Andrew: Yeah. There was several opportunities that they could have lost, and it could have been over with. Again, I think that you don’t overlook these guys anymore. Listen, I don’t think you should have overlooked them last year either. What Mark Stoops has done up there in Kentucky is slowly build a program that’s respectful. I don’t know that you’ll ever build Kentucky up to be an SEC Eastern contender every year, but I do think that they’re more respectful now.
I will ask you this. This is something that I’ve talked about with a couple of people on radio and different things. Does the transfer portal hurt or help teams like Kentucky more? Hear me out when I say this. Last year’s Kentucky team was so good because of the veteran leadership that they had. They had the senior in Benny Snell, the senior in, what was it? Josh Allen, right? That’s right?
Andrew: Yes. In the portal, does Benny Snell and Josh Allen stay in Kentucky?
Nick: I don’t know. I’m not sure. I think teams like Kentucky, I mean, Dan Mullen, we’ve talked about it a bunch, has had to use transfers or JUCO. I think Kentucky’s getting to a point, and you probably see this all the time, I feel like Kentucky’s the first team to offer some of these kids.
Nick: Then they just aren’t able to hold onto them. I think that’s starting to change a little bit, but it’s almost like Kentucky offered someone, and you’re like, I’ve never heard of him. Then all of a sudden, a month later, Alabama, South Carolina, Texas, USC, Ohio State, Florida. Everyone else is offering.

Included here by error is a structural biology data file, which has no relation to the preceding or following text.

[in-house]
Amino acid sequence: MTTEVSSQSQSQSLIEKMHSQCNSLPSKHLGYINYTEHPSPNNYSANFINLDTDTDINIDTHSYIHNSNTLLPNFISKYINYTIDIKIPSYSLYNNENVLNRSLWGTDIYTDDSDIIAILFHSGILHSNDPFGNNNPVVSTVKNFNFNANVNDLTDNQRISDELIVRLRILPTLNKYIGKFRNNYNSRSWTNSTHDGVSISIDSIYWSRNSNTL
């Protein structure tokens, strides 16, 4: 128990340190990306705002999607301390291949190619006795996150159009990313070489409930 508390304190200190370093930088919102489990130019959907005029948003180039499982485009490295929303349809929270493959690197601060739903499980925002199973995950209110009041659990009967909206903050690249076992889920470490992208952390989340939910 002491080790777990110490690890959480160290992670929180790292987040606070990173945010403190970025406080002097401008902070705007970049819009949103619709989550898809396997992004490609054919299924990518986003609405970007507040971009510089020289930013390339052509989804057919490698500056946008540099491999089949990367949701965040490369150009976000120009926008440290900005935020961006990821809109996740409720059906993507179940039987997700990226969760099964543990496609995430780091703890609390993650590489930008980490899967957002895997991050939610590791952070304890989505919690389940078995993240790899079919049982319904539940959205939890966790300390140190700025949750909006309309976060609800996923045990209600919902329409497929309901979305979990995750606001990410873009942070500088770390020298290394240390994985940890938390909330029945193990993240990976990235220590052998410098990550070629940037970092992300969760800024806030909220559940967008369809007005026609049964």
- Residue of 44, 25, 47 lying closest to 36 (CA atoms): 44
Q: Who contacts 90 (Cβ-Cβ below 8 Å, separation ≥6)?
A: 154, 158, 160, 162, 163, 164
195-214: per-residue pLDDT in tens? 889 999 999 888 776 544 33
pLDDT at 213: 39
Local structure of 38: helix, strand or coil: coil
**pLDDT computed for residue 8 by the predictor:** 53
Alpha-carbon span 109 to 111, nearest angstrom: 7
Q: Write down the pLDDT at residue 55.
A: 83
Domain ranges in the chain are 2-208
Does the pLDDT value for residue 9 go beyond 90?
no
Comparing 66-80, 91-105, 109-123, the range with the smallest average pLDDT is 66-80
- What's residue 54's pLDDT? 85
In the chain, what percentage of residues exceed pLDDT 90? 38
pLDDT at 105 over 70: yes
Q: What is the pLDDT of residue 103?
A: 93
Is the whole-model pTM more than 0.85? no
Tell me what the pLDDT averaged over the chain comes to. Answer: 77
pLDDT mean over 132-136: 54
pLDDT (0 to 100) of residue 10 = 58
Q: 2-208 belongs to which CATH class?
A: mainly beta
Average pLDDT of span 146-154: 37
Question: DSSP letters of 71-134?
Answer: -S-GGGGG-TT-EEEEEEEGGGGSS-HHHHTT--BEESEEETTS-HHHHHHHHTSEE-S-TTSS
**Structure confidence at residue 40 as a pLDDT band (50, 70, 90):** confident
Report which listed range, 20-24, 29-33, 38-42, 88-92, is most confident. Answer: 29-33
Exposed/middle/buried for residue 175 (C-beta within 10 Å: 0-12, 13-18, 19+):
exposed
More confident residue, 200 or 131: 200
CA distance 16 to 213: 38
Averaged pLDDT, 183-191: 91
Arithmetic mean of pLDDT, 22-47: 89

Andrew: Gerald Mincey in the class was a former Kentucky commit.
Nick: Kentucky is like the rest of the SEC’s recruiting service. Credit to their staff. I think that they need to lean on it earlier, but I think what Dan Mullen said, and I think Dan Mullen sees a lot of similarities in the way that he built Mississippi State to the way that Mark Stoops built Kentucky, and I think he’s starting to build a sustained winner. Do I think they’re going to win 10 games this year like they did last year? Maybe not, but once you start having that success, and it’s not just you can tell somebody something in recruiting, but until they see it on the field and they see it actually coming out, then it’s just words, and talk is cheap.
Nick: So, I think, yeah, that it could in the long run. I think they had to to get to this point, but now I think that Dan Mullen’s right, and they’ve built kind of a sustained winner in Lexington. That’ll help recruiting.
Andrew: I think it’s a case of twofold a little bit. When you look at the portal, I think it’ll help Kentucky, but I also think it has the ability to hurt. I mean, listen, Benny Snell is a good player, and I’m just using him for an example. Don’t tell me that other schools would not have tried to pick him away from Kentucky, seeing how they good they were, and saying, listen, you could win a national championship in Georgia or at Florida, or wherever it may be. You’re not going to win one at LSU.